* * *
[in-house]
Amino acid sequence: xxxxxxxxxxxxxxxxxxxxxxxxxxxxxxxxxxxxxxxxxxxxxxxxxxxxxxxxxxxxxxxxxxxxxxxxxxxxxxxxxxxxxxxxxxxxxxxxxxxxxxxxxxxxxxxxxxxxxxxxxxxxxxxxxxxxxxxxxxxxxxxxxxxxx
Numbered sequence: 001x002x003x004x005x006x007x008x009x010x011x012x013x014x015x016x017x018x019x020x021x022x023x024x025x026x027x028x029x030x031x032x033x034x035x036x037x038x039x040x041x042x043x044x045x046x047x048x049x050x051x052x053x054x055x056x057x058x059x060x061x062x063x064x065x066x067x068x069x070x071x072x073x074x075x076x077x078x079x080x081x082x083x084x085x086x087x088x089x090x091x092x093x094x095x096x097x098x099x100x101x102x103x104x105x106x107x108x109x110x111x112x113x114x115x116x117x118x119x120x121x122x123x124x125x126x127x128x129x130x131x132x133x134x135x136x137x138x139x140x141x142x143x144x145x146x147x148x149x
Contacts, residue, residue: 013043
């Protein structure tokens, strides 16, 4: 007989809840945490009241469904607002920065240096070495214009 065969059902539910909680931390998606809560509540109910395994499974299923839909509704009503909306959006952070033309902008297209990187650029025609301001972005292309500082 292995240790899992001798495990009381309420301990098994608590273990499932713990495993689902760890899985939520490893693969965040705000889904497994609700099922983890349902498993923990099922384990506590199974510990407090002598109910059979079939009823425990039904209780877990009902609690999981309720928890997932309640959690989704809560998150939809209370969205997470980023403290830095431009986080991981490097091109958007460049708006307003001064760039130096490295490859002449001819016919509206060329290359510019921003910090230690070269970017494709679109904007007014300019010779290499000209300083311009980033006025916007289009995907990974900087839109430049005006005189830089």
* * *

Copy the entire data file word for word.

[in-house]
Amino acid sequence: xxxxxxxxxxxxxxxxxxxxxxxxxxxxxxxxxxxxxxxxxxxxxxxxxxxxxxxxxxxxxxxxxxxxxxxxxxxxxxxxxxxxxxxxxxxxxxxxxxxxxxxxxxxxxxxxxxxxxxxxxxxxxxxxxxxxxxxxxxxxxxxxxxxxx
Numbered sequence: 001x002x003x004x005x006x007x008x009x010x011x012x013x014x015x016x017x018x019x020x021x022x023x024x025x026x027x028x029x030x031x032x033x034x035x036x037x038x039x040x041x042x043x044x045x046x047x048x049x050x051x052x053x054x055x056x057x058x059x060x061x062x063x064x065x066x067x068x069x070x071x072x073x074x075x076x077x078x079x080x081x082x083x084x085x086x087x088x089x090x091x092x093x094x095x096x097x098x099x100x101x102x103x104x105x106x107x108x109x110x111x112x113x114x115x116x117x118x119x120x121x122x123x124x125x126x127x128x129x130x131x132x133x134x135x136x137x138x139x140x141x142x143x144x145x146x147x148x149x
Contacts, residue, residue: 013043
């Protein structure tokens, strides 16, 4: 007989809840945490009241469904607002920065240096070495214009 065969059902539910909680931390998606809560509540109910395994499974299923839909509704009503909306959006952070033309902008297209990187650029025609301001972005292309500082 292995240790899992001798495990009381309420301990098994608590273990499932713990495993689902760890899985939520490893693969965040705000889904497994609700099922983890349902498993923990099922384990506590199974510990407090002598109910059979079939009823425990039904209780877990009902609690999981309720928890997932309640959690989704809560998150939809209370969205997470980023403290830095431009986080991981490097091109958007460049708006307003001064760039130096490295490859002449001819016919509206060329290359510019921003910090230690070269970017494709679109904007007014300019010779290499000209300083311009980033006025916007289009995907990974900087839109430049005006005189830089």